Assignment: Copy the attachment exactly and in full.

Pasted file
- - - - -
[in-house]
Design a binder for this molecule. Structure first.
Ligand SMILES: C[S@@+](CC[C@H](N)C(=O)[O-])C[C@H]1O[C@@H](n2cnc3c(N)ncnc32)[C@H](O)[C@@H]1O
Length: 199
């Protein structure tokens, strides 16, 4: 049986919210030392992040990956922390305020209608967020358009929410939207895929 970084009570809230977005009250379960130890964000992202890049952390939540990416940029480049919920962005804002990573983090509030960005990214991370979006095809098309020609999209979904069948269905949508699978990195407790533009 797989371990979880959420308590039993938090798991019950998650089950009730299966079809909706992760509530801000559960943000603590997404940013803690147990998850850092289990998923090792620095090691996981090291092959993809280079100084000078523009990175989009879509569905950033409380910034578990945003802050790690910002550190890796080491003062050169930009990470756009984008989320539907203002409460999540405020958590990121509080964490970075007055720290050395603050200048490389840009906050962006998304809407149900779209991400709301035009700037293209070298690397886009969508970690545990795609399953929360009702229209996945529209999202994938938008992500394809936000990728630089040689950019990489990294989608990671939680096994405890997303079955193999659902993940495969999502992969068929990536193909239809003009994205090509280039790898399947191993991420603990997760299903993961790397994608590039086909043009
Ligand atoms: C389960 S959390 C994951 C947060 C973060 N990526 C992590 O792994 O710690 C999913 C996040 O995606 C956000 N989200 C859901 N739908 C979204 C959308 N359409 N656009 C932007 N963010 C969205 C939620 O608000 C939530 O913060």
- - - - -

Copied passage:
[in-house]
Design a binder for this molecule. Structure first.
Ligand SMILES: C[S@@+](CC[C@H](N)C(=O)[O-])C[C@H]1O[C@@H](n2cnc3c(N)ncnc32)[C@H](O)[C@@H]1O
Length: 199
């Protein structure tokens, strides 16, 4: 049986919210030392992040990956922390305020209608967020358009929410939207895929 970084009570809230977005009250379960130890964000992202890049952390939540990416940029480049919920962005804002990573983090509030960005990214991370979006095809098309020609999209979904069948269905949508699978990195407790533009 797989371990979880959420308590039993938090798991019950998650089950009730299966079809909706992760509530801000559960943000603590997404940013803690147990998850850092289990998923090792620095090691996981090291092959993809280079100084000078523009990175989009879509569905950033409380910034578990945003802050790690910002550190890796080491003062050169930009990470756009984008989320539907203002409460999540405020958590990121509080964490970075007055720290050395603050200048490389840009906050962006998304809407149900779209991400709301035009700037293209070298690397886009969508970690545990795609399953929360009702229209996945529209999202994938938008992500394809936000990728630089040689950019990489990294989608990671939680096994405890997303079955193999659902993940495969999502992969068929990536193909239809003009994205090509280039790898399947191993991420603990997760299903993961790397994608590039086909043009
Ligand atoms: C389960 S959390 C994951 C947060 C973060 N990526 C992590 O792994 O710690 C999913 C996040 O995606 C956000 N989200 C859901 N739908 C979204 C959308 N359409 N656009 C932007 N963010 C969205 C939620 O608000 C939530 O913060």